Guest editorial: Student supports moving PCCAPS to high school media center
May 19, 2015
There have been students at both Treasure Mountain Junior High and the Park City High School that stand opposed to the planned renovation of the high school’s media center, but likewise, there are students who support it. I am one of the latter. I believe that there is nothing wrong with the planned changes, and those harms being presented by some of my classmates are not a good reason to change the plans made by the Board of Education.
PCCAPS is an extremely valuable program, and it is justifiable to replace the school’s library so as to provide a place for students of this program to work. CAPS gives juniors and seniors real-world experience, something the current media center can’t do. Additionally, there are other libraries in Park City, other places students can borrow books, but there is no other CAPS program in town. If PCCAPS is not placed in the media center, there is no other place in town for a CAPS student to go to get the same experience.
If a student finds it important to do something that only a library will allow for, they can simply take a trip to a different library. As for the concerns that some of my fellow students voiced in an article Wednesday, there are other places, including the new media center, in which they can gather and socialize. Maggie Haynes and Abigail Burfitt both brought up concerns that if they lose their library, they’ll be losing a place for studying, socializing, and, as Haynes put it, to "de-stress". However, there is no reason to be worried about such a thing. The remodeled media center will be open to non-CAPS throughout the majority of the school day (six out of eight of the school’s periods). Just because PCCAPS students are using the room at a different time doesn’t change the value of the media center for interacting with other students and studying.
The article, titled "Students Voice Concerns About Loss of Library," also says that " it’s unfair to take away the library and give it to the PCCAPS program." I disagree with this statement as well, because it’s not unfair to further students’ education at the cost of the library. The statement that it is unfair is saying more or less this: it is unfair that both current and future PCCAPS will have a quiet, professional place to work. I, a freshman attending Treasure Mountain and a student who is looking forward to being able to participate in the CAPS program further in my high school career, would love to have the same opportunities as current students of the program. I want to be able to get real experience through school, and I want to be prepared for the workplace when I graduate. As much as I value the library, it won’t help me to accomplish these things.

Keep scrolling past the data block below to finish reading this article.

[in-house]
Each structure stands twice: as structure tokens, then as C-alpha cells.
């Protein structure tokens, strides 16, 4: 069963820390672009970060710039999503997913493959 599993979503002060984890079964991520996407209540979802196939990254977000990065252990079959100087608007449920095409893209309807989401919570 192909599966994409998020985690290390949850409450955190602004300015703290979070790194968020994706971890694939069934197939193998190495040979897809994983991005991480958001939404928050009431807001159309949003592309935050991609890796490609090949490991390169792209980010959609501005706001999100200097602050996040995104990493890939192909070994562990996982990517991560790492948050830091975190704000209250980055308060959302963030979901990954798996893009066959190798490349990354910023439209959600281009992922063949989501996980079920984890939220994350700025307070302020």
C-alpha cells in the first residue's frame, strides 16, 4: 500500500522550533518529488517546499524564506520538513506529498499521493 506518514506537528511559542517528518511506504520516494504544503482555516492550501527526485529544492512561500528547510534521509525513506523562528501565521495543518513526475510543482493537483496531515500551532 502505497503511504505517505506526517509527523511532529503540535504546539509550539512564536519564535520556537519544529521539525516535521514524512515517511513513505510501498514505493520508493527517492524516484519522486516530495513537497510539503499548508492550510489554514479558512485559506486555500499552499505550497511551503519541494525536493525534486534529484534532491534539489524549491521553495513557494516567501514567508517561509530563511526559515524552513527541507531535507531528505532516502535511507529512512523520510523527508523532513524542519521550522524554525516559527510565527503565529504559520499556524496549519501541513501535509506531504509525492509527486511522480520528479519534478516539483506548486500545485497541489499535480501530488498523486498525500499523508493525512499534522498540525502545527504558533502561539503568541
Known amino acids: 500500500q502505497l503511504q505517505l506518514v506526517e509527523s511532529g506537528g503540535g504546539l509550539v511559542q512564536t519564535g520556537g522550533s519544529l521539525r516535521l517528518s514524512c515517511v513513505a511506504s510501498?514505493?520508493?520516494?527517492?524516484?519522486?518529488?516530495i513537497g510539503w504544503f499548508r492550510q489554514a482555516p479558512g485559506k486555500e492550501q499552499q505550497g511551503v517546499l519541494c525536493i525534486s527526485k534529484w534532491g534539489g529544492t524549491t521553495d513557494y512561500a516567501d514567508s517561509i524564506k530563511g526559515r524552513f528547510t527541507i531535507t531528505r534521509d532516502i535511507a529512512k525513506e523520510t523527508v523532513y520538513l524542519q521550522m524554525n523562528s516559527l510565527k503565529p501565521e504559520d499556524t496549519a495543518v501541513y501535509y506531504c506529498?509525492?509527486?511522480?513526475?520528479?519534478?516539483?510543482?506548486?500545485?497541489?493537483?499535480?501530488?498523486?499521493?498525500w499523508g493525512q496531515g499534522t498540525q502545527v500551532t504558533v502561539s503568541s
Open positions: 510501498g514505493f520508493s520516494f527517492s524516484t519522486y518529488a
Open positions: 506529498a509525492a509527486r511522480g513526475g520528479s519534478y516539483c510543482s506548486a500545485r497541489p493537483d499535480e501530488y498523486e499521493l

I respect the concerns of my fellow students, but I think the renovation of the media center at PCHS is a good decision. The Board of Education is working to ensure that students who use the library will still be provided physical books, and any other things that students use the library for will be accommodated by the new media center. If concerned students want to a place to gather and study, then they have nothing to worry about. The new media center will disappoint them no more than the old one.
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